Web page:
As figures for the summer months are firming, indications are that fewer containers are being handled at major US ports and that trend will continue into October, the traditional peak month of the year. For the ports surveyed, August volume was 1.46 million TEU (Twenty-foot Equivalent Units) handled. Projections had been for 1.52 million TEU. The 2007 figure was down 1.4% from August 2006.
The revised projection now for September volume is 1.46 million, a decline of 1.6% year over year. As for October, it had been forecast at 1.54 million TEU, but is now expected to be short of last year’s 1.51 million TEU.
All of these figures are contained in Port Tracker, a report produced by Global Insight for the National Retail Federation (NRF). Congestion at the ports surveyed is rated low. They are Los Angeles/Long Beach, Oakland, Tacoma, Seattle, New York/New Jersey, Hampton Roads, Charleston, Savannah and Houston.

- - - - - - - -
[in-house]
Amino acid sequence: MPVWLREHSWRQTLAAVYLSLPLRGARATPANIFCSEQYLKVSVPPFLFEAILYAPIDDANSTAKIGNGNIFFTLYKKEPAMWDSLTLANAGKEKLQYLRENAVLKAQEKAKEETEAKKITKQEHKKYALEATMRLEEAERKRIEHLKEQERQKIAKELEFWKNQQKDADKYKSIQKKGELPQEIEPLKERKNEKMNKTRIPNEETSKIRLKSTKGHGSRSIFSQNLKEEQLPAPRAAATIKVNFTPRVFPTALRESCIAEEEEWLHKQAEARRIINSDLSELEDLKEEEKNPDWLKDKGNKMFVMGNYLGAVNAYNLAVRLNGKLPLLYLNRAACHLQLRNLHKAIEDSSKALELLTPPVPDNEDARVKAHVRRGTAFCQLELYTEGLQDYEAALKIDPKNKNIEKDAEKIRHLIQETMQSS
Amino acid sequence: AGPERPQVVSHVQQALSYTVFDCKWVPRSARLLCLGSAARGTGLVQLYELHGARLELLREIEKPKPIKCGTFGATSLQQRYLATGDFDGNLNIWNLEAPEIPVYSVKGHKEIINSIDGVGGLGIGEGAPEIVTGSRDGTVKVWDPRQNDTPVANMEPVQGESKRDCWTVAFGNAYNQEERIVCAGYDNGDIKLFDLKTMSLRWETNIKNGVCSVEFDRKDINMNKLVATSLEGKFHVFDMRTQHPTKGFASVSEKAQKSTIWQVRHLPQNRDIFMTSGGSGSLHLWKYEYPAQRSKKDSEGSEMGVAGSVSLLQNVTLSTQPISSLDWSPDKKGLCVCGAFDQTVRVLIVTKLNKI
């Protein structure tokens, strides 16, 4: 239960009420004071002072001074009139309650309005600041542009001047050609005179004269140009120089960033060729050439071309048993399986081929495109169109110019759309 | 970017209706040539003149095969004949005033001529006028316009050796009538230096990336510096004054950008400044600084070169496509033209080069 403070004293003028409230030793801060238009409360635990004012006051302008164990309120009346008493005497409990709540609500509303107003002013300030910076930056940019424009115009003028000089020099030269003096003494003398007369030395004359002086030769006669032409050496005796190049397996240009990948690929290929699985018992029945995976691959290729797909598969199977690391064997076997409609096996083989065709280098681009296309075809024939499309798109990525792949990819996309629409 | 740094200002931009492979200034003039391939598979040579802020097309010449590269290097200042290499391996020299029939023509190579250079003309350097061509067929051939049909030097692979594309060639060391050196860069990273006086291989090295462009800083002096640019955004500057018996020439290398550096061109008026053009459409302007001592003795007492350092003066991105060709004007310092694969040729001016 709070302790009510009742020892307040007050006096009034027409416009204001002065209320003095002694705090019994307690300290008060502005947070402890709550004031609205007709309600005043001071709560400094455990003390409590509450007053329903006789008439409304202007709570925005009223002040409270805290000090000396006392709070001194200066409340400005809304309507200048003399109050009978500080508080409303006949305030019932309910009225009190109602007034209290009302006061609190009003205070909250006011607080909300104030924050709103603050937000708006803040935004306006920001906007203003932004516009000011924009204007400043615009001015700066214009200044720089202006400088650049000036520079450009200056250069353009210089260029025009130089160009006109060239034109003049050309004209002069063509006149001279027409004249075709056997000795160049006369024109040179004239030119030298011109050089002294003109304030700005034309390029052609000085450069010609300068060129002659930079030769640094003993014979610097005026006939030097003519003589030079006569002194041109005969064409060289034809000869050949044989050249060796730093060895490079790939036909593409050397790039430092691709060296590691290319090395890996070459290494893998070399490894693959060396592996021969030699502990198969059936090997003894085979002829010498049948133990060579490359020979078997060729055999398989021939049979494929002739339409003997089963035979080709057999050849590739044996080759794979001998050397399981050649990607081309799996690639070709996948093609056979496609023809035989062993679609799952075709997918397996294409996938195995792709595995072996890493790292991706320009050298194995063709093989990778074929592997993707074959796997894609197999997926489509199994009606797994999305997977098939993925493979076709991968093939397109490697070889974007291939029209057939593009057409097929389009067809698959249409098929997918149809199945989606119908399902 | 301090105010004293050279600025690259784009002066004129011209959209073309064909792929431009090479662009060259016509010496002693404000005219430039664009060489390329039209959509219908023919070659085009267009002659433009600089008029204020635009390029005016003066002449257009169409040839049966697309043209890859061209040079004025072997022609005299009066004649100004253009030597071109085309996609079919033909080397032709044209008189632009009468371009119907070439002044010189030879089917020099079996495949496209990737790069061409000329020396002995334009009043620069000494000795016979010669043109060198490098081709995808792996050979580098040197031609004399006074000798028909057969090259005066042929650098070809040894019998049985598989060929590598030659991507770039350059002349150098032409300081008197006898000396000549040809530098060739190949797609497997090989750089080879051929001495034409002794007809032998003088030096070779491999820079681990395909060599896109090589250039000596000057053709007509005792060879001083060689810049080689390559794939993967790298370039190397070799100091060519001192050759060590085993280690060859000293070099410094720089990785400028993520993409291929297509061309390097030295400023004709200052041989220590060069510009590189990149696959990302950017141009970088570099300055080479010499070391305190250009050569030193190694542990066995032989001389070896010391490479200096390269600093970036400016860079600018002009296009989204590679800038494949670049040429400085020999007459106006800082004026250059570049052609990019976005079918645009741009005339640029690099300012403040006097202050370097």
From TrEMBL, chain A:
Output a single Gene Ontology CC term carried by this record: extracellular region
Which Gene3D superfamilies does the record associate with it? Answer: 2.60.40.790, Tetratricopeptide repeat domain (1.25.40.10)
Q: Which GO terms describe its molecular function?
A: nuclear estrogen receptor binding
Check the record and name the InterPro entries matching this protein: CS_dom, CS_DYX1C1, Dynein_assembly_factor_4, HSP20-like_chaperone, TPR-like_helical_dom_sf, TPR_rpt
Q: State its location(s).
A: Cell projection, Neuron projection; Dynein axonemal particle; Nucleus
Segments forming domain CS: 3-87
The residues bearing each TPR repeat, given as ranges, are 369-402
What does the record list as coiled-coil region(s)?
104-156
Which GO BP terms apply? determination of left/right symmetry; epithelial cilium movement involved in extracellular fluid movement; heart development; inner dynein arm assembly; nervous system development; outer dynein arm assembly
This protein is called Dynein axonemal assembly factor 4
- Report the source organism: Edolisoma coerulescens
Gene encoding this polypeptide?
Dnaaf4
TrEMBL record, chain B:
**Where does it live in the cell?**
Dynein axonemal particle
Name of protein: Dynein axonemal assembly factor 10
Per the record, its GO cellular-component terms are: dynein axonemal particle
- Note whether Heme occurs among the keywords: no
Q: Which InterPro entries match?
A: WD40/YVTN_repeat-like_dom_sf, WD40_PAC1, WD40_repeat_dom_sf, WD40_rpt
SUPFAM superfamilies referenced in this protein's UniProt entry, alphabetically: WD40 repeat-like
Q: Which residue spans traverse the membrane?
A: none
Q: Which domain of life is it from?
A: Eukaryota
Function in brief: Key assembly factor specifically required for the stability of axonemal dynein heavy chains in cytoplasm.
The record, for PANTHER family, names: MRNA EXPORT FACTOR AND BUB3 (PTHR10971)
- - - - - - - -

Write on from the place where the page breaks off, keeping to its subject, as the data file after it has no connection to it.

“These figures reflect the weakened US economy and retailers’ cautious outlook for this year’s holiday season compared with last year,” says Global Insight Economist Paul Bingham. “A slower economy means fewer imports, and that means fewer containers coming through the ports. The good news is that lower volume means the ports are free of congestion and that the goods coming in should move smoothly all the way from ship to shore to store.”
In the view of NRF’s vice president and International Trade Counsel Erik Autor, “Retailers have a good sense of the economy and are planning their inventories carefully. The lower volume of containers means merchants shouldn’t be left with unsold goods or forced into unplanned markdowns.”